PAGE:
Cold Calling Tips & Techniques for Selling Staffing Services

Apr 22, 2009

Unless you were born into royalty, you are a former president of a country, or a CEO of a Fortune 500 organization, you are going to have to make cold calls in order to be successful in the field of sales.

It’s fascinating when marketers promote “cold calling is dead,” “cold calling doesn’t work,” and “stop cold calling.”

Who doesn’t wish that their network were so robust that they could always generate new business off of referrals from their personal network? To be successful in selling staffing services, one will always to have to cold call for new business.

Below are some proven tips and suggestions that will both help your cold calling be more productive and remove any fear that you may have about cold calling.

Adjust Your Mindset

Don’t approach cold calling with the goal of “making a sale” or “landing a meeting.” If you do, you are destined to fail and you will be in constant objection-handling mode.

Besides, you don’t want to be a transactional vendor.

If your goal of the cold call is not to make a sale, then how can you get rejected? Eliminating that goal will free you from the fear of rejection.

Stop Selling

We all know how competitive the staffing industry is. Your customers and prospects are getting hundreds of calls from your competitors each week. Further, your customers and prospects cannot distinguish one vendor from the next because they all sound alike. They all lead with their product and/or service offering. This is a very “salesy” approach and a turn-off to just about any buyer. Focus on the customer and what is important to them; stop selling.

The Goal of the Cold Call

Disarm the prospect! Imagine an invisible wall between you and the prospect as you’re talking with them on the telephone. Your goal of that call is to remove the invisible wall so that they feel comfortable in opening up and sharing information with you. The key to long-term success in sales is building trust and this is the first step in building trust.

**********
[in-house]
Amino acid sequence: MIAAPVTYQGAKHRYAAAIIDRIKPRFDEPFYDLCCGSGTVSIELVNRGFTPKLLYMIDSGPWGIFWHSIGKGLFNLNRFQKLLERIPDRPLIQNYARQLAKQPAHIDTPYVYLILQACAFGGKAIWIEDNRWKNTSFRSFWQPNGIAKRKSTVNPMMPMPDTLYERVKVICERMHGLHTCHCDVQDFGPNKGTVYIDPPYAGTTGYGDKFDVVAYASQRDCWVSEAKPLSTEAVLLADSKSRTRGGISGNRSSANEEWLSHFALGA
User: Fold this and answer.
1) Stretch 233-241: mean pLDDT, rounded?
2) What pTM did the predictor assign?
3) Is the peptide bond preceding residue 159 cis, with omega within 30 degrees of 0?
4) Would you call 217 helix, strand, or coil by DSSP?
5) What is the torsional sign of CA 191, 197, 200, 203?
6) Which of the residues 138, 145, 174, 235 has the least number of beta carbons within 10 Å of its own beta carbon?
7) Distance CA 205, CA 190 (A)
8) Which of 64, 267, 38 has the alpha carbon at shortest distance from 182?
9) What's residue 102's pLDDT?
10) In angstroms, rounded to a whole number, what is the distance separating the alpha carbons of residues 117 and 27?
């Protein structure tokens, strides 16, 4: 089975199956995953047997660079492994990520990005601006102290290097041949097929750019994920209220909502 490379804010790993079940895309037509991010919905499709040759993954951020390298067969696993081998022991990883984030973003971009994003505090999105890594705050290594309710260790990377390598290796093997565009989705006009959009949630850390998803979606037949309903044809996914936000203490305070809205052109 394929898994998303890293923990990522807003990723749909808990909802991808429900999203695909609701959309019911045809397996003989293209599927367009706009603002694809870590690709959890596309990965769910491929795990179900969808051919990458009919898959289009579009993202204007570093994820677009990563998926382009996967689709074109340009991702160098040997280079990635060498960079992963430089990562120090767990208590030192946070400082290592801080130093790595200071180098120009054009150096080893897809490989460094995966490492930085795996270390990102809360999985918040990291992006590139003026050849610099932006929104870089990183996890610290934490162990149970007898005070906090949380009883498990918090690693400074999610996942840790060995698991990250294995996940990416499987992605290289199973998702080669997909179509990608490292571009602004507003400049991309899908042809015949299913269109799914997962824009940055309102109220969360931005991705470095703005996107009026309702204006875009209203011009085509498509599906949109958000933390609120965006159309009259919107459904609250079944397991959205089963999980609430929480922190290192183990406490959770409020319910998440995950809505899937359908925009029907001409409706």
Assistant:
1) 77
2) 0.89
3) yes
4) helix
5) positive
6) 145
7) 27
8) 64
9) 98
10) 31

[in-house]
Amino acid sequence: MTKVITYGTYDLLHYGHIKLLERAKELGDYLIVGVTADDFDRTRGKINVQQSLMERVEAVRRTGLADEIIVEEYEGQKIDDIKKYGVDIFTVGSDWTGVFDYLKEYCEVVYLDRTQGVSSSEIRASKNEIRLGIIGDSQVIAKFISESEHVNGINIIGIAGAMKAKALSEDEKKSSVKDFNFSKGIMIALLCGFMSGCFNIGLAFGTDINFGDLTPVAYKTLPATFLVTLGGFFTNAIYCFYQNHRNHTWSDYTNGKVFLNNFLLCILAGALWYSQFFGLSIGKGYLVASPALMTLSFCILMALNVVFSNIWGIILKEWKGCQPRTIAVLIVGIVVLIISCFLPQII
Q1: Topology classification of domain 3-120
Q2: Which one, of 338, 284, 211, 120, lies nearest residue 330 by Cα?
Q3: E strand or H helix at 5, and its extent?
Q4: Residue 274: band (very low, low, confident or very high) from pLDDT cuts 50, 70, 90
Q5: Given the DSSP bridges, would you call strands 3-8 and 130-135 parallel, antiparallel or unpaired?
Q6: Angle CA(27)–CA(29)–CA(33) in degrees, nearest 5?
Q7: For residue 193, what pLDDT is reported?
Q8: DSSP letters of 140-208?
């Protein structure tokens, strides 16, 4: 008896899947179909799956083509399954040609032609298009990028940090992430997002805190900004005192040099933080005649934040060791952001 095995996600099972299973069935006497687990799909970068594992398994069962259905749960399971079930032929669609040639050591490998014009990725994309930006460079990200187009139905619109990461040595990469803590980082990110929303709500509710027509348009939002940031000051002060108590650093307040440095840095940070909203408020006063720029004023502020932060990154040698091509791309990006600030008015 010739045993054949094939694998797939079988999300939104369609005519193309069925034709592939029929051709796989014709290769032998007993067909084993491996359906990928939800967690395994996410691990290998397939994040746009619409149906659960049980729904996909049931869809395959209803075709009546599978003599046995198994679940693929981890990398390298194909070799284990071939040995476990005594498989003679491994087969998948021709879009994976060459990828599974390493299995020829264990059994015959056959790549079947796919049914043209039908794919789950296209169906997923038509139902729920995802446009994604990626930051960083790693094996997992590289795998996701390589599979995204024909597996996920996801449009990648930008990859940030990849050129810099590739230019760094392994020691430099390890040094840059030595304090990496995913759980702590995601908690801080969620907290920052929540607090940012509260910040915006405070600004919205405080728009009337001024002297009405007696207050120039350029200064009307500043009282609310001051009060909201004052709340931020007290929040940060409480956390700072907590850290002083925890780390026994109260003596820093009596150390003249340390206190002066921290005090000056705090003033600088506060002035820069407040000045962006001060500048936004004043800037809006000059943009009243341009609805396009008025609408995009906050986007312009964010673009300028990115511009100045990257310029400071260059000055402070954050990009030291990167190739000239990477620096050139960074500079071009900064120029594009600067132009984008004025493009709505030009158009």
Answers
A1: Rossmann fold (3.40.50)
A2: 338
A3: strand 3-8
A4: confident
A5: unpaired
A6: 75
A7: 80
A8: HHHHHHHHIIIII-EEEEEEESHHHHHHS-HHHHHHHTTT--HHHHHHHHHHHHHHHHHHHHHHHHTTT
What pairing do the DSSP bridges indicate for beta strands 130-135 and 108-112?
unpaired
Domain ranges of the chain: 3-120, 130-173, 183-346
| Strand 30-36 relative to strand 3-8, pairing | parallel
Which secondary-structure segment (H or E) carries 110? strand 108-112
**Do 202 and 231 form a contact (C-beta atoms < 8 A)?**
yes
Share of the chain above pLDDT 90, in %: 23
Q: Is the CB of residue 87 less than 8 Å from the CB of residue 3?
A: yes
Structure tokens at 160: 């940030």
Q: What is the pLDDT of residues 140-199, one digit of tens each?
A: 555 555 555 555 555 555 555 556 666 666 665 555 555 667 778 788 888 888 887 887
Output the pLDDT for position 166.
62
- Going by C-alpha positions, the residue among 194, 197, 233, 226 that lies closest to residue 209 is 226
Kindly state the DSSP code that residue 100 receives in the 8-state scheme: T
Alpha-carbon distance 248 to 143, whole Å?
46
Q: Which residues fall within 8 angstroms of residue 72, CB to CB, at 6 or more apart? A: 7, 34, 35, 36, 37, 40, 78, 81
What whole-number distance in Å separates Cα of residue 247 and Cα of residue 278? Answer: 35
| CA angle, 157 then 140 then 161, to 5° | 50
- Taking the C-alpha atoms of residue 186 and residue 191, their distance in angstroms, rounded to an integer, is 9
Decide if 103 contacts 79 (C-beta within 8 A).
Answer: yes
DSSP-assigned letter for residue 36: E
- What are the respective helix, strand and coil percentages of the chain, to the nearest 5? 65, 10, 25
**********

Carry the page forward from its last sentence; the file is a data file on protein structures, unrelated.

Disarming Your Prospect

How do you disarm your prospect? You start by displaying a lot of respect for their time and making them feel as if they are in control of the phone call. Put out the disclaimer that you are O.K. and understand that if they feel the discussion is a waste of their time, you will happily end the phone call. You must offer the prospect multiple opportunities to tell you to get lost or end the call. Think of it as reverse psychology. You want to say the opposite of what the prospect expects you to say. They expect you to be a walking brochure for your organization selling them all of the wonderful features and benefits of your service offerings. This is what we have conditioned prospects to hear for hundreds of years. Instead, make the prospect feel like they control the call. Say the opposite of what they expect you to say.

Stop Making Assumptions

Before you start selling, determine with the prospect if your two organizations are even a good fit for one another. You need to qualify the prospect to determine whether you even want to do business with them. And don’t assume you can help them until you have had a detailed conversation with them about their business issues. There is nothing buyers hate more than sales professionals who impose their product or service on them and when they know nothing about their business.

Ask For Permission

Ask the prospect for permission to conduct the phone call. Throughout the phone call, check in with the prospect by asking, “Is it ok if we continue?” Doing this makes the prospect feel in control of the call and your demonstrating respect for them as a professional.


If you execute these philosophies correctly, you will not run into the common and numerous sales objections most sales professionals in our industry hear on a cold call. When applying this approach to cold calling, the worse-case outcome is that you will differentiate yourself from competition. Prospects will remember you. How many of your competitors do you think are applying this approach?

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